How are modern day prophets set apart? I know that each member of the First Presidency and members of the Quorum of the Twelve Apostles hold all the keys, but only the prophet can exercise all priesthood keys. So, when the current prophet dies is the new prophet set apart?
The transition of presidency from Joseph Smith to Brigham Young serves as a good case study for modern prophetic succession. The restored Church of Jesus Christ was organized line upon line, as God “reveal[ed] many great and important things pertaining to the kingdom of God” (see Article of Faith 9). At the first meeting of the Church, Joseph Smith was called as the First Elder, and Oliver Cowdery as Second Elder (D&C 20:2-3). This gave these two preeminence in the Church which continued to be recognized with the office of Assistant President – an office Oliver held from its creation December 5, 1834 (History of the Church, 2:176) until his excommunication in 1838. On January 19, 1841, the office was again filled by Hyrum Smith (D&C 124:94-96). Joseph Fielding Smith explained the significance of this position:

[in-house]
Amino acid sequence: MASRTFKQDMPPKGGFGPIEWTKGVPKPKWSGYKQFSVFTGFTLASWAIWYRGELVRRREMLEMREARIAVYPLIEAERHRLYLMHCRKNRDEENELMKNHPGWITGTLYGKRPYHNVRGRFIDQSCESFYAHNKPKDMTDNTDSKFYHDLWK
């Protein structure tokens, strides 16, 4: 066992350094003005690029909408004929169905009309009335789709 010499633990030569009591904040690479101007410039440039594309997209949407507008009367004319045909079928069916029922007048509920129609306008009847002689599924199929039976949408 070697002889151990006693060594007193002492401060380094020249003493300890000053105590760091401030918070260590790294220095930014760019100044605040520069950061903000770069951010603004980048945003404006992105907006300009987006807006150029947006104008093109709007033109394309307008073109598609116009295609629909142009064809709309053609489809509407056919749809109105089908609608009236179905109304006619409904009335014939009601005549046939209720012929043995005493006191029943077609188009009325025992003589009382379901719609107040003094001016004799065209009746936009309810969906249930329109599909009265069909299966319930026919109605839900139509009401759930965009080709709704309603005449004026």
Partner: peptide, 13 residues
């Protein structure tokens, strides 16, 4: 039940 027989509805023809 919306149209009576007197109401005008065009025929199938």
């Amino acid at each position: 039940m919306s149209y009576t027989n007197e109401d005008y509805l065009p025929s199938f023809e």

“The Lord called Oliver Cowdery as the second witness to stand at the head of this dispensation assisting the Prophet in holding the keys. The records inform us that every time the Prophet received authority and the keys of the priesthood from the heavens, Oliver Cowdery shared in the conferring of those powers with the Prophet. Had Oliver Cowdery remained faithful and had he survived the Prophet under those conditions, he would have succeeded as President of the Church by virtue of this divine calling” (Doctrines of Salvation, 1:213).